Dragon Scale Fingerless Mitts

Although I have many (many!) projects on the go, sometimes I like to take a break and make something quick. This week, I was tempted by this Dragon Scale Fingerless Mitts pattern. You can find it on Ravelry as a free download, right here.

It’s a crochet pattern, which is unusual for me, but I’ve been intrigued by the Crocodile Stitch for a long time. That’s the bit that looks like scales. I really like Crocodile Stitch done in a yarn with long colour changes – check out this backpack in Kauni Effektgarn.

I bought Red Heart Unforgettable in the colourway Rainforest, because I thought the colour gradations would be long enough. The first glove didn’t come out quite as I expected – longer colour changes would have been better. This stitch eats yarn.

Here’s the first one:
Dragon Scale Fingerless Mitt knit in Red Heart Unforgettable Rainforest by Deborah Cooke
You can see that the colour was changing within the row, so the effect is less striped. The mitt is a bit smaller than I’d expected and it extends further over the fingers.

Here’s the other side:


The pattern suggests 8 chain stitches for the thumb opening but that seemed small. I did 12, then added another cluster of DCs. That improved the fit of the mitt – it would have been too snug for me otherwise. This first mitt took 31g of yarn. There are knots in the ball (grrr) which interrupt the colour progression. I’ll try to match the second one but we’ll see.

Because there are scales on the inside of the palm, this isn’t a mitt to wear when actually doing anything. I also think it would be cool if the scales went up the back of the mitt further. I’m going to think about it while making the match to this one. I bought a second ball of this yarn in another colourway and will try an experiment with that.

What do you think?

Another Undine

I started this stripey shawl almost a year ago. It’s my own Undine pattern, but with a modification (and a correction). I blogged several times already about this one: Knitting for a Mermaid, More Mermaid Stripes, That Stripey Shawl and Revisiting the Mermaid Shawl. It’s been a bit of a process, and I won’t review all my revelations and corrections again today.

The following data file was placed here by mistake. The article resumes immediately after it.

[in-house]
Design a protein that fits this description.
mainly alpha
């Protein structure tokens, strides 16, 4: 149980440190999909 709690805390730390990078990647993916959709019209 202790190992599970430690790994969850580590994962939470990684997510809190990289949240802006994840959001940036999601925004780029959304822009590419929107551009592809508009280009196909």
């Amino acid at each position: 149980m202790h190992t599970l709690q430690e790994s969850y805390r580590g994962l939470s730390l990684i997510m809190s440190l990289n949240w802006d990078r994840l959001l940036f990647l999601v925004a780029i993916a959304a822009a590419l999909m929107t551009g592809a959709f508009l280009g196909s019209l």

It’s done!

Undine 2 Shawl knit by Deborah CookeIt’s knit of Crazy Zauberball, which is a self-striping sock yarn, and I started with two balls. I alternated two rows from each ball. I thought I did some clever calculations to finish the shawl with two balls, but there was an error in my calculations. I needed 2.7 balls to finish.

Undine 2 shawl knit by Deborah Cooke

I love how the stripes came out, and the ruffled edge. I’m not going to block this one – I don’t usually block shawls knit in garter stitch because I like the springiness of them – so once the ends are sewn in, it’s ready to wear!

My Ravelry project page for this one is right here.

What do you think?

This Week’s Knitting

It’s time for a Fibre Friday post. We haven’t had one for a while, so I’ll show you what I’ve been up to.

Handspun marl
First and foremost, I recieved a gift while at Romancing the Capital! C.J. very kindly gave me three cakes of her handspun merino. The plies are slightly different colours, so all three cakes have a marled effect. I can’t quite decide what to knit with this beautiful yarn, but am having fun considering the possibilities.

I’ve finished one project this week. It was a plain knit, but done in a self-striping yarn, which always jazzes things up a bit.

bag in Patons SWS knitted by Deborah Cooke
This is a round-based market bag knit out of Patons SWS. This yarn is discontinued. It’s a soy and wool blend that felts really well. I also used some Patons SWS in solid green as an accent. There isn’t a pattern for this bag – I started at the center of the bottom and increased every second row until it looked big enough. Then I knit up the sides, around and around, until it looked deep enough. I knit a handle from one side that looked wide enough, then decided the length by making the colours symmetrical. That looked long enough. 🙂 I knit I-cord around the edges of the handle and the top of the bag, and also at the outer edge of the base. I had tried some fair isle bands just above the base but they came out a bit less clear than I’d hoped.